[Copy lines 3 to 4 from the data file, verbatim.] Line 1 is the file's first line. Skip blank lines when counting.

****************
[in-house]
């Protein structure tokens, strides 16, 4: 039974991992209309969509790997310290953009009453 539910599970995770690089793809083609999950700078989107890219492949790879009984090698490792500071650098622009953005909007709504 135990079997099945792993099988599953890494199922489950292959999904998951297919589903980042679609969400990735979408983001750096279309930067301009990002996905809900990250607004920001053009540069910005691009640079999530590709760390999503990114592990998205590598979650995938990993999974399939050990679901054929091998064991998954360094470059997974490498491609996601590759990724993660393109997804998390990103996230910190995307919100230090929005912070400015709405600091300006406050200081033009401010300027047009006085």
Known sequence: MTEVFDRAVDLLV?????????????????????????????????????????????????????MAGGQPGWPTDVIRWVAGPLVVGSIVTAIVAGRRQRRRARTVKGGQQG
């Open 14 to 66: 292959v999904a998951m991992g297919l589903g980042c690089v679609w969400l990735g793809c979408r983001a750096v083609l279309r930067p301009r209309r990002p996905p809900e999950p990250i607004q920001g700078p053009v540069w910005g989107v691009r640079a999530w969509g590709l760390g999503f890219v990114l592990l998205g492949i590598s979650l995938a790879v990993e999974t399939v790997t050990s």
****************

Known sequence: MTEVFDRAVDLLV?????????????????????????????????????????????????????MAGGQPGWPTDVIRWVAGPLVVGSIVTAIVAGRRQRRRARTVKGGQQG
């Open 14 to 66: 292959v999904a998951m991992g297919l589903g980042c690089v679609w969400l990735g793809c979408r983001a750096v083609l279309r930067p301009r209309r990002p996905p809900e999950p990250i607004q920001g700078p053009v540069w910005g989107v691009r640079a999530w969509g590709l760390g999503f890219v990114l592990l998205g492949i590598s979650l995938a790879v990993e999974t399939v790997t050990s």